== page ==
In January, I posted regarding the impact of the Florida Supreme Court’s decision in Aubin v. Union Carbide Corp., 177 So. 3d 489 (Fla. 2015).  In that post I explained that even after Aubin, the consumer expectations test should not be applied in all design defect strict product liability cases because it is still up to the individual trial court judges to decide whether the consumer expectations and risk-utility tests should be given alternatively or together depending on the individual circumstances presented in each case. Some of the reasons for this conclusion included that the standard jury instructions remain unchanged; that numerous courts have ruled some products are too complex for the application of the consumer expectations test; that cases subject to the learned intermediary doctrine by definition involve a product too complex to permit the application of the consumer expectations test; and that the risk-utility test traces its roots to the Restatement (Second) of Torts, not the Restatement (Third) of Torts which was rejected in Aubin.

Not long ago, the Third District Court of Appeal issued its ruling in Font v. Union Carbide Corp., No. 3D11-3270, 2016 Fla. App. LEXIS 11366 (Fla. July 27, 2016). In that case, the plaintiff “filed a wrongful death action for negligence and strict liability for failure to warn and the manufacture of a defective product against Union Carbide and other asbestos manufacturers and distributors.” Id. at *2. At the charge conference, the plaintiff “requested that the standard jury instruction PL 5 [which provides language suitable for either the risk-utility or the consumer expectations test] be given to the jury verbatim.” Id. Union Carbide argued that the Second Restatement’s consumer expectations test had been rejected and that only the risk-utility test articulated in the Third Restatement should be given to the jury. Id. at *3. The trial court denied the plaintiff’s request and the jury returned a defense verdict. Id. On appeal, the Third District Court of Appeal affirmed. Id. at *3-4. The Florida Supreme Court later quashed that appellate decision and “remanded for reconsideration upon application of [its] decision in Aubin.” Id. at *4-5. The Third District Court of Appeal then reversed the final judgment that had been entered in favor of Union Carbide and remanded for a new trial where both the risk-utility and consumer expectations tests would be given. Id. at *8.

Importantly, however, the appellate court explained that its ruling was based on the “specific circumstances” of the case. Id. at *5. The court reasoned that “[g]enerally, trial courts are accorded broad discretion in formulating jury instructions, and a decision not to give an instruction will not be reversed unless the error complained of resulted in a miscarriage of justice, or unless the failure to give the instruction was reasonably calculated to confuse or mislead the jury.” Id. (citations and quotations omitted). And the court noted that the record supported the plaintiff’s request for the entire standard jury instruction because “(1) the language of PL 5 was an accurate statement of Florida law; (2) [the plaintiff] presented substantial factual evidence to support the giving of the instruction; and (3) the instruction was necessary for the jury to properly resolve the dispute.” Id. at *6.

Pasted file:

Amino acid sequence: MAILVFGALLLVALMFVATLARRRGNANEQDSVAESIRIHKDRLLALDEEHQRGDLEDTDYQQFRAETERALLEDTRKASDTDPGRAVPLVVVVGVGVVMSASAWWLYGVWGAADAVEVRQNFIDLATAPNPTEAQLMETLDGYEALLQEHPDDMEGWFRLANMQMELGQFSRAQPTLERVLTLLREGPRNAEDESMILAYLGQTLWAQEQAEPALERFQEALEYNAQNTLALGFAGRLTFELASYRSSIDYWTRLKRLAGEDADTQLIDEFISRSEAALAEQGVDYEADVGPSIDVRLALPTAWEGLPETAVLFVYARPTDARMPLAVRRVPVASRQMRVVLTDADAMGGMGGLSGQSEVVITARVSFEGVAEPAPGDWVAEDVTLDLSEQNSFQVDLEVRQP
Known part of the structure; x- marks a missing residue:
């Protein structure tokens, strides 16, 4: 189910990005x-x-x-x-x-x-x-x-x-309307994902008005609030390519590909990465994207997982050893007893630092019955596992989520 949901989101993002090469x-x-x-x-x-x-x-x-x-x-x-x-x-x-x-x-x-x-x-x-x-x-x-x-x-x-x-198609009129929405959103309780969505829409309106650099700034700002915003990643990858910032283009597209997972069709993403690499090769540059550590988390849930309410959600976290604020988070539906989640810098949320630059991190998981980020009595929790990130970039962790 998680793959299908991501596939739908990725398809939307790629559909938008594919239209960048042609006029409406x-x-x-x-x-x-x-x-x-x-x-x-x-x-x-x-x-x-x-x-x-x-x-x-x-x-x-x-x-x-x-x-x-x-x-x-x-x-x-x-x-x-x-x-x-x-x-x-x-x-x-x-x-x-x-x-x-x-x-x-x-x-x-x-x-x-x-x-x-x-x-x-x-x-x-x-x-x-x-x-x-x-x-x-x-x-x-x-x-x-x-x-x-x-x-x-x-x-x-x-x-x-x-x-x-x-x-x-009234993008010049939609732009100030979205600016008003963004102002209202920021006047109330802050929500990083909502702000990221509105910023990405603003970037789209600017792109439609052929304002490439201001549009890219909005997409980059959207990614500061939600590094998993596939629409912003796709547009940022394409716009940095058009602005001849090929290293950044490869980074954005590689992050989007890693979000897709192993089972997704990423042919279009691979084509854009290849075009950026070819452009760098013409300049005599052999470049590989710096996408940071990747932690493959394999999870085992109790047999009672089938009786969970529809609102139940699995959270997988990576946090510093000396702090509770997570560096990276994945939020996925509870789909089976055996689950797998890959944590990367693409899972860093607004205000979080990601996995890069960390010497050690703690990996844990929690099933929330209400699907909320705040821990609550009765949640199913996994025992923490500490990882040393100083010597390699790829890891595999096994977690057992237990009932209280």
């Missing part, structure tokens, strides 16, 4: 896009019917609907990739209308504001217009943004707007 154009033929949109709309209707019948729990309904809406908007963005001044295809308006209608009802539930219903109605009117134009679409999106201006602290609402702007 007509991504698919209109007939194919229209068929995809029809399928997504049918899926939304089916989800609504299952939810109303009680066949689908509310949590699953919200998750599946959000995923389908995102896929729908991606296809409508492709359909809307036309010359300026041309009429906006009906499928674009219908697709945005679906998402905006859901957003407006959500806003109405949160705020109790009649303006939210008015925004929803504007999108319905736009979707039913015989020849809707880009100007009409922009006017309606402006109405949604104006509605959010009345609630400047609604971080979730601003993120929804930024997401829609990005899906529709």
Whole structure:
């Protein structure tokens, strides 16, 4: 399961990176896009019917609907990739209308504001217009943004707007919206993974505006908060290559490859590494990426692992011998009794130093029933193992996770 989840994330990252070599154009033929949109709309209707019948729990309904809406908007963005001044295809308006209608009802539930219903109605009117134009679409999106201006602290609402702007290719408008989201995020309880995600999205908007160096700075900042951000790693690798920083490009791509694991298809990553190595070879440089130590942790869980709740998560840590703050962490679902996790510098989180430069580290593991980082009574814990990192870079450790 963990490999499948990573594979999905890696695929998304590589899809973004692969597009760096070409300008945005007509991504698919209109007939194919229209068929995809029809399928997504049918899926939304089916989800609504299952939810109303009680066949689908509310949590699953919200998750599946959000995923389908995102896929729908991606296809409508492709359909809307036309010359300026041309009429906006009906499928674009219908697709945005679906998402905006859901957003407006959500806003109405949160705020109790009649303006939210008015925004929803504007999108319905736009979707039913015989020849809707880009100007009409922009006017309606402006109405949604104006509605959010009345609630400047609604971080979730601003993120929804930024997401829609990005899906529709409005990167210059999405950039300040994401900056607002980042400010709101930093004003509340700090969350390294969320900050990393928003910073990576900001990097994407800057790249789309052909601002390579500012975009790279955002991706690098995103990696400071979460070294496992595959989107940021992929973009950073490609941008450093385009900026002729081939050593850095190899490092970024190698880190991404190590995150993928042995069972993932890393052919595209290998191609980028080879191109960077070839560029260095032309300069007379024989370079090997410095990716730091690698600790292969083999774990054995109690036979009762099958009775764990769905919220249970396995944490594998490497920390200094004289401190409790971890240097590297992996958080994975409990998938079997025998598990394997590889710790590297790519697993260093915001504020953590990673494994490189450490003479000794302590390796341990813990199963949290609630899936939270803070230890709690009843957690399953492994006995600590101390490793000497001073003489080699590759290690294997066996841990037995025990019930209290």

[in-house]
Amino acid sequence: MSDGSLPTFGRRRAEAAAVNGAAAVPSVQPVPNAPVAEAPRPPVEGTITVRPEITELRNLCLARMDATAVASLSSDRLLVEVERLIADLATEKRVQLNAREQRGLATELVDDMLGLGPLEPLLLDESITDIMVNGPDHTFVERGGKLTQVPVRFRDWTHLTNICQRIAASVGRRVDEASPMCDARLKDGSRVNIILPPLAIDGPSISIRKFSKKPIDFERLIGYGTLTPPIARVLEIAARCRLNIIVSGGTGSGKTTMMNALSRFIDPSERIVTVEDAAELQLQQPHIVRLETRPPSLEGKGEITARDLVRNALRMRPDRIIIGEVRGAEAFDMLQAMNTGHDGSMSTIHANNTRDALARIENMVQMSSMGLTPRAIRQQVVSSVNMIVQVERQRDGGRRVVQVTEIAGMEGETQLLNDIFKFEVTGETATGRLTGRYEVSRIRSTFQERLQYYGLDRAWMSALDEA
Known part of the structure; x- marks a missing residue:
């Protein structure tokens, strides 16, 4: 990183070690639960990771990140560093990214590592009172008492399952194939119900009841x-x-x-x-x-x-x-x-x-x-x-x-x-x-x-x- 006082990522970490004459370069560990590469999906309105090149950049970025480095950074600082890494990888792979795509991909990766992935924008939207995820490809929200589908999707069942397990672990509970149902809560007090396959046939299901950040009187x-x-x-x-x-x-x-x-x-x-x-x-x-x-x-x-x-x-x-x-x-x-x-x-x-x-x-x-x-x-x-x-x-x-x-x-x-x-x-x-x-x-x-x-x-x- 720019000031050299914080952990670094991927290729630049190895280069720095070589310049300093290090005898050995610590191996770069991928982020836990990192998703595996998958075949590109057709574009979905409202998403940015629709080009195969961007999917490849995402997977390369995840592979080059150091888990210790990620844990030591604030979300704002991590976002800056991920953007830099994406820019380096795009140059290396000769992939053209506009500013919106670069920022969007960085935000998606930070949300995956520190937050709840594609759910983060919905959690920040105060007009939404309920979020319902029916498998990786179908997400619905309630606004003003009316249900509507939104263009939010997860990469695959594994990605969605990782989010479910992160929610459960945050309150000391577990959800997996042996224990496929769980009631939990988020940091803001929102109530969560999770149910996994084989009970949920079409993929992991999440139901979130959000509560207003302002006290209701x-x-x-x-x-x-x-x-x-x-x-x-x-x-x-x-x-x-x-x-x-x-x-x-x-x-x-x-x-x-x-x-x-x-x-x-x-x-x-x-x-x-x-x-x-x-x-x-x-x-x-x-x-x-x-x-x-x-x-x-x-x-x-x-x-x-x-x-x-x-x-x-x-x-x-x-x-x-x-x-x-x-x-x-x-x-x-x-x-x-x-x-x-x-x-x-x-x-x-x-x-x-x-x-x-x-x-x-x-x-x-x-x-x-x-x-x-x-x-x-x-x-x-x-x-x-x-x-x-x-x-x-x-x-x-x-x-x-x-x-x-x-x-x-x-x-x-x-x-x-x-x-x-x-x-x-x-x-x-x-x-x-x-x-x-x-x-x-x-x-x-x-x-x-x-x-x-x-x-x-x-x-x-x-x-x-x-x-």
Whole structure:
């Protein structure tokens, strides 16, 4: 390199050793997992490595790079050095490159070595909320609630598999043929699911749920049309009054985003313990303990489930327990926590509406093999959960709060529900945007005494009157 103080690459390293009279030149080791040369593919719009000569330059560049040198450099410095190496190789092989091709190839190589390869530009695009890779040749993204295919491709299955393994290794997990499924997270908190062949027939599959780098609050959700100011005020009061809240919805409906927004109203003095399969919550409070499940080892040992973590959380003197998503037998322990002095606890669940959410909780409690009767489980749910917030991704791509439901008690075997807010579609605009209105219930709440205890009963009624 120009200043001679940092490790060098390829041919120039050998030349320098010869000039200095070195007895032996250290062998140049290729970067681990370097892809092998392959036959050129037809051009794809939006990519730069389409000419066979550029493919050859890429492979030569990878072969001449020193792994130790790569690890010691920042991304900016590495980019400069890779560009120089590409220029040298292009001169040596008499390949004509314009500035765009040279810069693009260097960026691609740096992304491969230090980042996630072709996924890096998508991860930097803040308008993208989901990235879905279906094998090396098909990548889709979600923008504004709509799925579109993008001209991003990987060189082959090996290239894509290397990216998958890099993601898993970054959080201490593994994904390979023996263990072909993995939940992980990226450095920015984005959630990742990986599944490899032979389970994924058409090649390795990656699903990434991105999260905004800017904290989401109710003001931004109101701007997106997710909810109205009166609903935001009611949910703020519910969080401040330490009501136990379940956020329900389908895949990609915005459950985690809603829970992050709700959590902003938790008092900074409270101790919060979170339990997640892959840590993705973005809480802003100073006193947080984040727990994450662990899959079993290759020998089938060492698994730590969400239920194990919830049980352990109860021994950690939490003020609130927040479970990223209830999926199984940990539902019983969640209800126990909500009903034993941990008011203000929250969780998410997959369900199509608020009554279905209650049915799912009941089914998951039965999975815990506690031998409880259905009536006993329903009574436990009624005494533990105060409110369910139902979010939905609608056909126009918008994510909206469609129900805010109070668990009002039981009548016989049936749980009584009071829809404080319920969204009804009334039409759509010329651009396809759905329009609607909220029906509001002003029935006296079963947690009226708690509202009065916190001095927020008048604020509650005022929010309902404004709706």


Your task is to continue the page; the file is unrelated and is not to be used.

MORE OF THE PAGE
This ruling is significant because even after Aubin, the Third District Court of Appeal left open the possibility of differing results in other cases with dissimilar “specific circumstances” where the facts do not support the application of both tests and a jury could be confused or mislead if presented with both tests. Examples of such cases include those concerning products like prescription drugs and medical devices that are subject to the learned intermediary doctrine and are too complex for an ordinary consumer to have any expectations concerning their proper operation. See, e.g., Force v. Ford Motor Co., 879 So. 2d 103, 109-10 (Fla. 5th DCA 2004) (“Some products may, in fact, be too complex for an ordinary consumer to have any expectations concerning their proper operation.”); In re Fosamax Prods. Liab. Litig., 2010 WL 1257299, at *6 n.4 (S.D.N.Y. Mar. 26, 2010) (applying Florida law) (“[P]rescription pharmaceuticals [are] too complex for the straight-forward application of the consumer expectation test.”); Rydzewski v. DePuy Orthopaedics, Inc., 2012 WL 7997961, at *3 (S.D. Fla. Aug. 14, 2012) (“[T]he prescription medical device in this case is closer to prescription drugs than to seatbelts and other products routinely operated by consumers. For these reasons,…the Court concludes that the consumer expectation theory does not apply in this case.”).

Thus, as I predicted in my last post on this subject—and contrary to other commentators’ opinions— Aubin’s ultimate impact on cases involving complex products may wind up being far more limited than some would posit. A year after Aubin, many strong arguments still remain in favor of the exclusive application of the risk-utility test in certain cases.